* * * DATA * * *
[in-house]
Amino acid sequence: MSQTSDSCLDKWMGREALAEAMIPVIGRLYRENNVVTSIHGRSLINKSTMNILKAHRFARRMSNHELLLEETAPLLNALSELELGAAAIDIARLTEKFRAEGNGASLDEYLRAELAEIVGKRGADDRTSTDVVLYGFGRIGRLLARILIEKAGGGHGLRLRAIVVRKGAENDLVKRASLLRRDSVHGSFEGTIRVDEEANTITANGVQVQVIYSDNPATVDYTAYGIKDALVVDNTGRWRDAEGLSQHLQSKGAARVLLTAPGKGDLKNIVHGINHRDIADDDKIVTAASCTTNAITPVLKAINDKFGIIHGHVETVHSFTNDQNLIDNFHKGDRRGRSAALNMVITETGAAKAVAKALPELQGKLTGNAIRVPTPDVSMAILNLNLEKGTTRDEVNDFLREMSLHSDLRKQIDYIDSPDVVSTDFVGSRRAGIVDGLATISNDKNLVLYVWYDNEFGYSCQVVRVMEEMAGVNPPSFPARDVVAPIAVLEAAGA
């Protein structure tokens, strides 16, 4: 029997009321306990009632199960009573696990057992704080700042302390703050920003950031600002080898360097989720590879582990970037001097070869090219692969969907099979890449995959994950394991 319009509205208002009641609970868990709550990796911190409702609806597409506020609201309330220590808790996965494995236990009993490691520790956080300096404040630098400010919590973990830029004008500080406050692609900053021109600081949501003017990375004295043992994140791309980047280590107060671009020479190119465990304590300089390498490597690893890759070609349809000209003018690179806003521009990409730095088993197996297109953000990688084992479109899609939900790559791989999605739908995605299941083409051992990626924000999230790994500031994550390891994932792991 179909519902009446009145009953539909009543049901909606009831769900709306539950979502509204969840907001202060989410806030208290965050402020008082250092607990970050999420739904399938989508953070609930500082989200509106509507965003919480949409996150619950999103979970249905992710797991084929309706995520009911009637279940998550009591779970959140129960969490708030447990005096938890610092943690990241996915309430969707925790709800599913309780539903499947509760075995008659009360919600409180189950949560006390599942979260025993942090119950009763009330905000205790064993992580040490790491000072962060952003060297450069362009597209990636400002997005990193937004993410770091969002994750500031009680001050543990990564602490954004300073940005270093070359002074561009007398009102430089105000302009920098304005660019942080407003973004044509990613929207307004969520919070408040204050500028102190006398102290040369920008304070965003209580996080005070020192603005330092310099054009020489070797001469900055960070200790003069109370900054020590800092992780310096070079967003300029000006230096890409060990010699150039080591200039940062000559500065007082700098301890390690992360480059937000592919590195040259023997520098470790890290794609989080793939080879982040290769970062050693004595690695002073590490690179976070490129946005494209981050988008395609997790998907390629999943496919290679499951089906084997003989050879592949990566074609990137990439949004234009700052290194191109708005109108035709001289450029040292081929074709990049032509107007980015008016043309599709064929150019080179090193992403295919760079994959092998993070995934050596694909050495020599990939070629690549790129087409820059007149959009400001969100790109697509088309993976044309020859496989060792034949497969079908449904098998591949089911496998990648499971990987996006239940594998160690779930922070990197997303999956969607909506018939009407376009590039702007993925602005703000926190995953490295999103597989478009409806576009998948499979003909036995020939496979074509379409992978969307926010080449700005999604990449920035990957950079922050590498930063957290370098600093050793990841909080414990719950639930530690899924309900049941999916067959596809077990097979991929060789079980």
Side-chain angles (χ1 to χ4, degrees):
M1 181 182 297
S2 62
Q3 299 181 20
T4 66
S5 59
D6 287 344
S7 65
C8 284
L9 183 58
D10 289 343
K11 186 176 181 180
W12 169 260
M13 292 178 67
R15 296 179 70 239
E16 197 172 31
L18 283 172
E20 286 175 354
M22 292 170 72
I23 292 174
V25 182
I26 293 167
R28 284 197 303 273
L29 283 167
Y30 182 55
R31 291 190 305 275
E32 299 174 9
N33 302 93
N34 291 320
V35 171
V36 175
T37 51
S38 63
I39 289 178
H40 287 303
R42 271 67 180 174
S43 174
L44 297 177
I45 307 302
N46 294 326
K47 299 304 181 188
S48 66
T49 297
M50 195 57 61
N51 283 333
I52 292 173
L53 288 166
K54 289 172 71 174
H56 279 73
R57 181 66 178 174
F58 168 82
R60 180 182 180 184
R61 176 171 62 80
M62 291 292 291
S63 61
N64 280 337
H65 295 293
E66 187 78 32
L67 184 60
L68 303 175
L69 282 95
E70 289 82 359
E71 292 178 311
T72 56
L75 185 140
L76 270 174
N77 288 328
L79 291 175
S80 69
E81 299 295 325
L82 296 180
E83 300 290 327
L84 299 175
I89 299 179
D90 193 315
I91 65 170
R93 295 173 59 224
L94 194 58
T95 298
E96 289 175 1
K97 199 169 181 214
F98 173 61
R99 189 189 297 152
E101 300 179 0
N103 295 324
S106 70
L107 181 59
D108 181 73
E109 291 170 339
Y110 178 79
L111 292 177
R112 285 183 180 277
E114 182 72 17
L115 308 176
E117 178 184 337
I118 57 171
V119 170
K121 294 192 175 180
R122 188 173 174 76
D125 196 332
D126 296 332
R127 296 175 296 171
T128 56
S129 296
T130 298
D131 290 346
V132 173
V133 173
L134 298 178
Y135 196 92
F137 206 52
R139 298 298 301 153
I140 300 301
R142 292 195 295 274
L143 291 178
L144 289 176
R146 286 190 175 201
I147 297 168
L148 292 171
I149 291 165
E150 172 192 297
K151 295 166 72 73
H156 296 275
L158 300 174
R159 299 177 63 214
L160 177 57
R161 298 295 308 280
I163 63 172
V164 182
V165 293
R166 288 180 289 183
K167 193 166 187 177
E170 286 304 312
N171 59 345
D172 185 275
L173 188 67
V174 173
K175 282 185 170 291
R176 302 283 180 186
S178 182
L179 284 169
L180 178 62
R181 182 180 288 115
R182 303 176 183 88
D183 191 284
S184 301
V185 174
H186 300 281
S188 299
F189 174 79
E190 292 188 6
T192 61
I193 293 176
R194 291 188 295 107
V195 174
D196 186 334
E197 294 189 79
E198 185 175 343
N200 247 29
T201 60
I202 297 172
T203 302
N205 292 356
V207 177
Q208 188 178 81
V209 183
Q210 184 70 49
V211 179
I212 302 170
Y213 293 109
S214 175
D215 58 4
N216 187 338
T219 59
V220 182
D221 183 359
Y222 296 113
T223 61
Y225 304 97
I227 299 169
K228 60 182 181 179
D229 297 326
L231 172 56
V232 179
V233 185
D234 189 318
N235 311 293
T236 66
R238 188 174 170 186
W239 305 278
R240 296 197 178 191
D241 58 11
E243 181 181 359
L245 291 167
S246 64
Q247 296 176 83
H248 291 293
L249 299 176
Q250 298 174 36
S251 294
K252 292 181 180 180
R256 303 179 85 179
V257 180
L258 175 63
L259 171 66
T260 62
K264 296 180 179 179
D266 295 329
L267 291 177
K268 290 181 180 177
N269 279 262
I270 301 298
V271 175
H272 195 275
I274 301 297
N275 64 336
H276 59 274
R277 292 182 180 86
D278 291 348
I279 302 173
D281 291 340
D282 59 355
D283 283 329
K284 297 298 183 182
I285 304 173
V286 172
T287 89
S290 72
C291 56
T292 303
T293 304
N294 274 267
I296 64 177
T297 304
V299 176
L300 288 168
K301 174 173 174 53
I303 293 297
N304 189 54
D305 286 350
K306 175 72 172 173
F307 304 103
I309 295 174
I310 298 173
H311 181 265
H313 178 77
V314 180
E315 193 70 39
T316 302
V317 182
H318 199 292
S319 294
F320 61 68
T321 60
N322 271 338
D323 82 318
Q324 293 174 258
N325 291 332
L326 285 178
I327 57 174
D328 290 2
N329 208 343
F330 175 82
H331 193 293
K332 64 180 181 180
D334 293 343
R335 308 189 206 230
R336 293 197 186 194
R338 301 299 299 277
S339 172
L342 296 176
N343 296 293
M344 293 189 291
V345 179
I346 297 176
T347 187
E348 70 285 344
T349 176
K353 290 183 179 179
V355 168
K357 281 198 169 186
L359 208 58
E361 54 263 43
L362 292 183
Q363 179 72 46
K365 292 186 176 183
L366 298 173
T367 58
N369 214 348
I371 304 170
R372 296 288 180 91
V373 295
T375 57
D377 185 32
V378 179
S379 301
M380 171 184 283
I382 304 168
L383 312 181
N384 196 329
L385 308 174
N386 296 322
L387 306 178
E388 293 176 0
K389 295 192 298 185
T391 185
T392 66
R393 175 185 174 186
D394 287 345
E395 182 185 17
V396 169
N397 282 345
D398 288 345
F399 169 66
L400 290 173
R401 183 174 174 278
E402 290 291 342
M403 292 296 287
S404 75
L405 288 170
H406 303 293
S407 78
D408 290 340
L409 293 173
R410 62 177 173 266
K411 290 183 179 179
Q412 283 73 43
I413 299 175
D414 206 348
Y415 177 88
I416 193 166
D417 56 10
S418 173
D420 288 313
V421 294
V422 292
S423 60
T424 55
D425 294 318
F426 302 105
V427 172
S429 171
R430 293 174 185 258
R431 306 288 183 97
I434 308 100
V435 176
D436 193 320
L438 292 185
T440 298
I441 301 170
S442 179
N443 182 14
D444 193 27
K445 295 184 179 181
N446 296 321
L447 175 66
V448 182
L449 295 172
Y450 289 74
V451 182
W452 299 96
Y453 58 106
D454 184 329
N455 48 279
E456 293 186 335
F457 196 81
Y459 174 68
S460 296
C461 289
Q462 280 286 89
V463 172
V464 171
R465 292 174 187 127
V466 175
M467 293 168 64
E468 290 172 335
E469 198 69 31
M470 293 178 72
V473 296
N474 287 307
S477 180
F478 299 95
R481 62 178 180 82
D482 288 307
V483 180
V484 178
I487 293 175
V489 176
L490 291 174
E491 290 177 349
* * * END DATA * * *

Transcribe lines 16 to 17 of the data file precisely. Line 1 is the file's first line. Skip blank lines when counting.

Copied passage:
W12 169 260
M13 292 178 67